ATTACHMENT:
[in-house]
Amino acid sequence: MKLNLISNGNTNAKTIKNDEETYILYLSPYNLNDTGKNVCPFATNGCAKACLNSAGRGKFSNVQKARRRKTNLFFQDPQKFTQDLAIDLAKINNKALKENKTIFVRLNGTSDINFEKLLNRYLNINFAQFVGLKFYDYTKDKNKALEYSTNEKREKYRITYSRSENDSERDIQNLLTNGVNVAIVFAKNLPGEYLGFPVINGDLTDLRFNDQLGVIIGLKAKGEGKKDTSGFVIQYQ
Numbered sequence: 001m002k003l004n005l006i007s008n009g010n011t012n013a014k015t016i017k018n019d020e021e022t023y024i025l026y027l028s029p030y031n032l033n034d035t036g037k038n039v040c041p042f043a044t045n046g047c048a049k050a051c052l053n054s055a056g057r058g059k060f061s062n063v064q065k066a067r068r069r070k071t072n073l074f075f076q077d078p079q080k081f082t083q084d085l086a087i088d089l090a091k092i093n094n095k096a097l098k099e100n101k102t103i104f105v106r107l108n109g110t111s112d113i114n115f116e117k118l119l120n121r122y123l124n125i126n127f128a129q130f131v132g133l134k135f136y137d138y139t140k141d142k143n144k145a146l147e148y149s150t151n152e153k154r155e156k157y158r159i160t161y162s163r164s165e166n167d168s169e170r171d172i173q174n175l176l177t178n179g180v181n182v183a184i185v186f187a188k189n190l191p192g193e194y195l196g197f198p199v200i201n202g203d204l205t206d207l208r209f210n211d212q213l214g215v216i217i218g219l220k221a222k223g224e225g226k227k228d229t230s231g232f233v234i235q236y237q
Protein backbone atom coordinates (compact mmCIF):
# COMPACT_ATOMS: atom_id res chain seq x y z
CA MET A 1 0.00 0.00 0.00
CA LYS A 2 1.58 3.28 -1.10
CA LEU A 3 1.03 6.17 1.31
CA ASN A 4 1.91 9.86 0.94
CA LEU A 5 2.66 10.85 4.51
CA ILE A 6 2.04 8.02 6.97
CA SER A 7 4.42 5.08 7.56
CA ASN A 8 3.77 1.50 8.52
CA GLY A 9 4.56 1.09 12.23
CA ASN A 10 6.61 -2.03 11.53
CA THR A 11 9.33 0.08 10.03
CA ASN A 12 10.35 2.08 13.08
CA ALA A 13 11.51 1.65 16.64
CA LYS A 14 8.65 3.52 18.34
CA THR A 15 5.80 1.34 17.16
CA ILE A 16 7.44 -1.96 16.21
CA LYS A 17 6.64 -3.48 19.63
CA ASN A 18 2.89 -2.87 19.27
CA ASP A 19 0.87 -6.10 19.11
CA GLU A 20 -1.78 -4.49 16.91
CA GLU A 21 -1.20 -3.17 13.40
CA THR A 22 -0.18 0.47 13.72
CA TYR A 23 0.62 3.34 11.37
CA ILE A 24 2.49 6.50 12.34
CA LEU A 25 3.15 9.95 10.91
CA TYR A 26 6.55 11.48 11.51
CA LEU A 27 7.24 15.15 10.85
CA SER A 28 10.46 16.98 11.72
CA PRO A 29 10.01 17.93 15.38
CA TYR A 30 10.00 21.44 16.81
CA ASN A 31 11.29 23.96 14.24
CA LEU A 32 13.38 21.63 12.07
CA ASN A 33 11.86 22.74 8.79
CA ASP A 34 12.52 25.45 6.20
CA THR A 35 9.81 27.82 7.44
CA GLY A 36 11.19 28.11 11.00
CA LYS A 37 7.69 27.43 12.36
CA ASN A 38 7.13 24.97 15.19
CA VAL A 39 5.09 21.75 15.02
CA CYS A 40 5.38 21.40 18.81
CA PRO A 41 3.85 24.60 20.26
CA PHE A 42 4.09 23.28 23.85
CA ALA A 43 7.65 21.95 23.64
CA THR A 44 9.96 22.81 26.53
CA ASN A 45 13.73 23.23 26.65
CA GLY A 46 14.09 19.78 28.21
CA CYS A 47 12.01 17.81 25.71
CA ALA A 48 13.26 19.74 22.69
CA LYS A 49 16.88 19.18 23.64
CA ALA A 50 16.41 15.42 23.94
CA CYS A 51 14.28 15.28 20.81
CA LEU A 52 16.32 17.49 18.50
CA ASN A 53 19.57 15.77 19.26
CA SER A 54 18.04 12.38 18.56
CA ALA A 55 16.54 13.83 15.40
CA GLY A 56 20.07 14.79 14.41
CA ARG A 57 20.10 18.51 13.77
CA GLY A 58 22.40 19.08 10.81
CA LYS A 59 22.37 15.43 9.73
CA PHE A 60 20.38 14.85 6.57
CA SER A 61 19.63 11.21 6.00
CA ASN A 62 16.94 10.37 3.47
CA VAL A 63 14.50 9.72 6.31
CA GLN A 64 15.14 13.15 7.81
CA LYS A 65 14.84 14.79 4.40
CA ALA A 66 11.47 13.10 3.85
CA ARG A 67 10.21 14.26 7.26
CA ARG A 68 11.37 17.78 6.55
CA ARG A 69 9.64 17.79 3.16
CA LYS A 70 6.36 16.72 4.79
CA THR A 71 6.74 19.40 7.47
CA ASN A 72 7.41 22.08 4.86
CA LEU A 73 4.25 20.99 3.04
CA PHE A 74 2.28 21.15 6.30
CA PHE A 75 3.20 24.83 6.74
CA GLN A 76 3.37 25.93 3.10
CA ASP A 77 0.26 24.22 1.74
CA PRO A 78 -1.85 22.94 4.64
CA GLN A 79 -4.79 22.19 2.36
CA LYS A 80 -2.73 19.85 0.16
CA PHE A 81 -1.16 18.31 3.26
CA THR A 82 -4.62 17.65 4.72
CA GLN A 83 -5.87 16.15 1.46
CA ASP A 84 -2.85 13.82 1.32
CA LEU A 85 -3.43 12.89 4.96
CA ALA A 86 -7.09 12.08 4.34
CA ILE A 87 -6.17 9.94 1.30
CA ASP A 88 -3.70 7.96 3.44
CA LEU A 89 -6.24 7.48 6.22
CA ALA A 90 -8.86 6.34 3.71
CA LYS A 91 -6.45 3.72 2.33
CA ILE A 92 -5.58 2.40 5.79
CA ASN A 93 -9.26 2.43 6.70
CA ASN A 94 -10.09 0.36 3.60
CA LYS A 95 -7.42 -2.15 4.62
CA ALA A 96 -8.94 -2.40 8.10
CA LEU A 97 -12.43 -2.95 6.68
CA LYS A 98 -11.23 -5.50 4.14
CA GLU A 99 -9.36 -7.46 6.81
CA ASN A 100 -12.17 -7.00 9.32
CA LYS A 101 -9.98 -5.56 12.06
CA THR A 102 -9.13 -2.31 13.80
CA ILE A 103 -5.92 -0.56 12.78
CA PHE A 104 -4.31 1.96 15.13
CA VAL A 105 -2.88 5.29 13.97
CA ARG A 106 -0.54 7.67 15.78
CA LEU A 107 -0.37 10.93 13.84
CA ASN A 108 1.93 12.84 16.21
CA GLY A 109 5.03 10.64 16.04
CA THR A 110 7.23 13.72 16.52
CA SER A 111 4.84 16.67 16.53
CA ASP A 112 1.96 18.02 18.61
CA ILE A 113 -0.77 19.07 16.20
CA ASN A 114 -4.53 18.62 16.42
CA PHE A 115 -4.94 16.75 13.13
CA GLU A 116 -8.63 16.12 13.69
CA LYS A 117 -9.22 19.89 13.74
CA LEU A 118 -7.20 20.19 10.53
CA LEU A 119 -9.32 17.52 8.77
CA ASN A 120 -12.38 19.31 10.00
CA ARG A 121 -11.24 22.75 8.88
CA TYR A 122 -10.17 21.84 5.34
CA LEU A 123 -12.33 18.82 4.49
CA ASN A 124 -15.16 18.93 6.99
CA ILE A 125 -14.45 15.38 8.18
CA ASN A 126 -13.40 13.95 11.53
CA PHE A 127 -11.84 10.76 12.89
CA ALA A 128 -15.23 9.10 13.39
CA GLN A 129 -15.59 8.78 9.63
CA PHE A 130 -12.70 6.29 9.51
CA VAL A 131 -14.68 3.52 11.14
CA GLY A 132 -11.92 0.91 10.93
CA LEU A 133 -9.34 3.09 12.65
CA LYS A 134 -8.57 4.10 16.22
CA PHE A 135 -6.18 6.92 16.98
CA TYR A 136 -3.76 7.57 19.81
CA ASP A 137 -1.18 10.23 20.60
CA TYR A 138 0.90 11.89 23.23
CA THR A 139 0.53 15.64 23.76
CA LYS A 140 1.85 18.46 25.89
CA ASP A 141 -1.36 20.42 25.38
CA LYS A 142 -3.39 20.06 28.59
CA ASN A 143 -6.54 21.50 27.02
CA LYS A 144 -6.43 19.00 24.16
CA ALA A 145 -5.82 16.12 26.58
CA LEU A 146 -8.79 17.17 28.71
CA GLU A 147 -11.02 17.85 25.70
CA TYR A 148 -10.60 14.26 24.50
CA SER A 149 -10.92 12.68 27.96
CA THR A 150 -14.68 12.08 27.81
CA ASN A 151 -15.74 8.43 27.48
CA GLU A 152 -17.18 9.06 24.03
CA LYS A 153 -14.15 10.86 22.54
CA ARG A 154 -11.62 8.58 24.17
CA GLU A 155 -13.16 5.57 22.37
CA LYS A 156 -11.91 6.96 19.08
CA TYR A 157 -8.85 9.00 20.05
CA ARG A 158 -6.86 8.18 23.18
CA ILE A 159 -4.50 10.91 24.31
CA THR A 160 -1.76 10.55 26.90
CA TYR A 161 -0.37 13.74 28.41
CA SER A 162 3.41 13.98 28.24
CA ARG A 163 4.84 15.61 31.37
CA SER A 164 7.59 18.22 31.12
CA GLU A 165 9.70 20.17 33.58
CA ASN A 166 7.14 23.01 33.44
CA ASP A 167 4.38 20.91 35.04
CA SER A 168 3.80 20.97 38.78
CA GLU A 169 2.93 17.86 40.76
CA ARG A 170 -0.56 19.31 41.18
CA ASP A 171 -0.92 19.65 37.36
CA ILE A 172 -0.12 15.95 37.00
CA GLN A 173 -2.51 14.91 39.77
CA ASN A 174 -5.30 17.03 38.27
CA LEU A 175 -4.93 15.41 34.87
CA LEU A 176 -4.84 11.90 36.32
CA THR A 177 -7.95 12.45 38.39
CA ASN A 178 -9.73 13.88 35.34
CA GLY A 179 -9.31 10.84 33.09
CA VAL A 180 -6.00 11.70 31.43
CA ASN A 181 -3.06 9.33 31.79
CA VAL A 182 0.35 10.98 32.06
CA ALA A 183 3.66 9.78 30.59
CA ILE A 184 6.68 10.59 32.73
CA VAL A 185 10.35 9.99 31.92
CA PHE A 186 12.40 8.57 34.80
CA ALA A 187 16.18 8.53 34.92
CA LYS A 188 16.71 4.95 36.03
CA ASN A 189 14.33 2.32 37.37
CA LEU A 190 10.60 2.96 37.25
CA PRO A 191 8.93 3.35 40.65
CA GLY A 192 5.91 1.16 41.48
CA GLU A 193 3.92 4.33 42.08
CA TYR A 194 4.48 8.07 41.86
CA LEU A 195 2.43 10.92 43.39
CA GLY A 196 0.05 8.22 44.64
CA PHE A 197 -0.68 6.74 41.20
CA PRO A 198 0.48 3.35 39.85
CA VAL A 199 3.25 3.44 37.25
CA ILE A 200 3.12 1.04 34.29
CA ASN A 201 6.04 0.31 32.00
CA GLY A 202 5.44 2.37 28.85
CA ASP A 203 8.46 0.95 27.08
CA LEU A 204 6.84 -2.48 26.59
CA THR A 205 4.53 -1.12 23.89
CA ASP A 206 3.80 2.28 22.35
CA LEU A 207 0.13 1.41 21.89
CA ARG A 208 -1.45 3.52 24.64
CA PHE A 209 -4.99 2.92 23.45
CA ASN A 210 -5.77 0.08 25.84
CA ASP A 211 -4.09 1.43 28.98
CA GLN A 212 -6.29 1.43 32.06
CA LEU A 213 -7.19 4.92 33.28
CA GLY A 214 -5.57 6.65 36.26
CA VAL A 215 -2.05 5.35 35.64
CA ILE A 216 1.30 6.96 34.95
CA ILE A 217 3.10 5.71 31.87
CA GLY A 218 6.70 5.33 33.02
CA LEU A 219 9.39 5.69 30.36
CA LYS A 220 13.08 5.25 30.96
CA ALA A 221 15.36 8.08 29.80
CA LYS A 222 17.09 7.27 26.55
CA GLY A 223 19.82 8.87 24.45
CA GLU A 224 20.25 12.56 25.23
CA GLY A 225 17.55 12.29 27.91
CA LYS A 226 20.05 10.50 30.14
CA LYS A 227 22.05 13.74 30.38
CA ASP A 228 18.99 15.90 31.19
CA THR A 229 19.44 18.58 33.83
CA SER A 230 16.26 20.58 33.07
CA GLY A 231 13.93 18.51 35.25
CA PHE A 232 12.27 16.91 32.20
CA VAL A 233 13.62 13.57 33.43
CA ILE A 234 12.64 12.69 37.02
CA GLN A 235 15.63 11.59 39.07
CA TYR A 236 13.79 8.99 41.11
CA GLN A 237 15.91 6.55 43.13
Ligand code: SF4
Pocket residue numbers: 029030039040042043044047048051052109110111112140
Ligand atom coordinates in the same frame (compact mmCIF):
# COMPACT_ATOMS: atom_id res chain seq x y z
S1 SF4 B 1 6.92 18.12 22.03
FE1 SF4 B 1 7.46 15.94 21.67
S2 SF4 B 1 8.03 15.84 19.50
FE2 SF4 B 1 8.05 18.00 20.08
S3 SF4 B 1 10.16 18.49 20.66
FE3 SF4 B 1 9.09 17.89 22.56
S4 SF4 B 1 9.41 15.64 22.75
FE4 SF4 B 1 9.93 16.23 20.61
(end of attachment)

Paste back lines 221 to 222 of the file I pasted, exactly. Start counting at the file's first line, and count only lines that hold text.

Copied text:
CA ILE A 216 1.30 6.96 34.95
CA ILE A 217 3.10 5.71 31.87